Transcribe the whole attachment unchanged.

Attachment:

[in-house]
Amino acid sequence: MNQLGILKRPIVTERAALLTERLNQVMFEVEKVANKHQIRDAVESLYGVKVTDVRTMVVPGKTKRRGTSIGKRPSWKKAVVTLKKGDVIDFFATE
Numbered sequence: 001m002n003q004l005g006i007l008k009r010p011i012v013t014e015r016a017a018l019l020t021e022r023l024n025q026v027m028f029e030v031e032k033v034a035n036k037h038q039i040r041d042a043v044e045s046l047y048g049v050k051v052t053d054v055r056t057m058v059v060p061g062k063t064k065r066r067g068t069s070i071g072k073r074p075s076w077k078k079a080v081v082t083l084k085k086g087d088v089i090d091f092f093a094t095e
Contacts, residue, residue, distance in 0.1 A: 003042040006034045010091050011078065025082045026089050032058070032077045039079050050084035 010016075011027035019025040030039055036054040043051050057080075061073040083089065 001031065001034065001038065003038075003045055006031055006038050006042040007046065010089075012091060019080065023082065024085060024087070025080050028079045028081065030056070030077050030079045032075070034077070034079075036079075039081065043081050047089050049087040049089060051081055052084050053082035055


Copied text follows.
[in-house]
Amino acid sequence: MNQLGILKRPIVTERAALLTERLNQVMFEVEKVANKHQIRDAVESLYGVKVTDVRTMVVPGKTKRRGTSIGKRPSWKKAVVTLKKGDVIDFFATE
Numbered sequence: 001m002n003q004l005g006i007l008k009r010p011i012v013t014e015r016a017a018l019l020t021e022r023l024n025q026v027m028f029e030v031e032k033v034a035n036k037h038q039i040r041d042a043v044e045s046l047y048g049v050k051v052t053d054v055r056t057m058v059v060p061g062k063t064k065r066r067g068t069s070i071g072k073r074p075s076w077k078k079a080v081v082t083l084k085k086g087d088v089i090d091f092f093a094t095e
Contacts, residue, residue, distance in 0.1 A: 003042040006034045010091050011078065025082045026089050032058070032077045039079050050084035 010016075011027035019025040030039055036054040043051050057080075061073040083089065 001031065001034065001038065003038075003045055006031055006038050006042040007046065010089075012091060019080065023082065024085060024087070025080050028079045028081065030056070030077050030079045032075070034077070034079075036079075039081065043081050047089050049087040049089060051081055052084050053082035055